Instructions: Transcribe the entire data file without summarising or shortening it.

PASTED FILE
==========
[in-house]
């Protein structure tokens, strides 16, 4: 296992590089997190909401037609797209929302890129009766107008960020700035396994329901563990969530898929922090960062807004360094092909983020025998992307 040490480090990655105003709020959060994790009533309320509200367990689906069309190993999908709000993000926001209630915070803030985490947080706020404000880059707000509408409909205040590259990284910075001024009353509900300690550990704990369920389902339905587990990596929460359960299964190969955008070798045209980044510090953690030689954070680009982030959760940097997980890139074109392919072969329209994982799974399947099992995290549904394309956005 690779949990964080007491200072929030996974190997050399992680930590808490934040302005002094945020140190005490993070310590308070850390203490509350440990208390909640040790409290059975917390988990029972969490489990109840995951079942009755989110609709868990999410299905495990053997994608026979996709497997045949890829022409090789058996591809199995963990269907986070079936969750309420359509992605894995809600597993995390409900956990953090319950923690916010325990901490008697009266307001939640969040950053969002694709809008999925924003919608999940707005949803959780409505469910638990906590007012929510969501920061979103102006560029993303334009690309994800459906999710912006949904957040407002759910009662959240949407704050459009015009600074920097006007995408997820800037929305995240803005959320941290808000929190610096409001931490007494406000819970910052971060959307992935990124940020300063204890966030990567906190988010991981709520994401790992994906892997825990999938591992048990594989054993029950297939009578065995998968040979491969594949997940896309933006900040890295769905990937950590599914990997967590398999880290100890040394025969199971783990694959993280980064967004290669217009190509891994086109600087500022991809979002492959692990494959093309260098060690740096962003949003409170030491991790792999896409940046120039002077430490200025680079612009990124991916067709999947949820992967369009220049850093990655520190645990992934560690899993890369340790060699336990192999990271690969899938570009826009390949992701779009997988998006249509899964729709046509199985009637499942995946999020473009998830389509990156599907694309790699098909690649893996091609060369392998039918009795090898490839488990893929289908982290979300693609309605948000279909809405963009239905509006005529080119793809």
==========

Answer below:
[in-house]
């Protein structure tokens, strides 16, 4: 296992590089997190909401037609797209929302890129009766107008960020700035396994329901563990969530898929922090960062807004360094092909983020025998992307 040490480090990655105003709020959060994790009533309320509200367990689906069309190993999908709000993000926001209630915070803030985490947080706020404000880059707000509408409909205040590259990284910075001024009353509900300690550990704990369920389902339905587990990596929460359960299964190969955008070798045209980044510090953690030689954070680009982030959760940097997980890139074109392919072969329209994982799974399947099992995290549904394309956005 690779949990964080007491200072929030996974190997050399992680930590808490934040302005002094945020140190005490993070310590308070850390203490509350440990208390909640040790409290059975917390988990029972969490489990109840995951079942009755989110609709868990999410299905495990053997994608026979996709497997045949890829022409090789058996591809199995963990269907986070079936969750309420359509992605894995809600597993995390409900956990953090319950923690916010325990901490008697009266307001939640969040950053969002694709809008999925924003919608999940707005949803959780409505469910638990906590007012929510969501920061979103102006560029993303334009690309994800459906999710912006949904957040407002759910009662959240949407704050459009015009600074920097006007995408997820800037929305995240803005959320941290808000929190610096409001931490007494406000819970910052971060959307992935990124940020300063204890966030990567906190988010991981709520994401790992994906892997825990999938591992048990594989054993029950297939009578065995998968040979491969594949997940896309933006900040890295769905990937950590599914990997967590398999880290100890040394025969199971783990694959993280980064967004290669217009190509891994086109600087500022991809979002492959692990494959093309260098060690740096962003949003409170030491991790792999896409940046120039002077430490200025680079612009990124991916067709999947949820992967369009220049850093990655520190645990992934560690899993890369340790060699336990192999990271690969899938570009826009390949992701779009997988998006249509899964729709046509199985009637499942995946999020473009998830389509990156599907694309790699098909690649893996091609060369392998039918009795090898490839488990893929289908982290979300693609309605948000279909809405963009239905509006005529080119793809």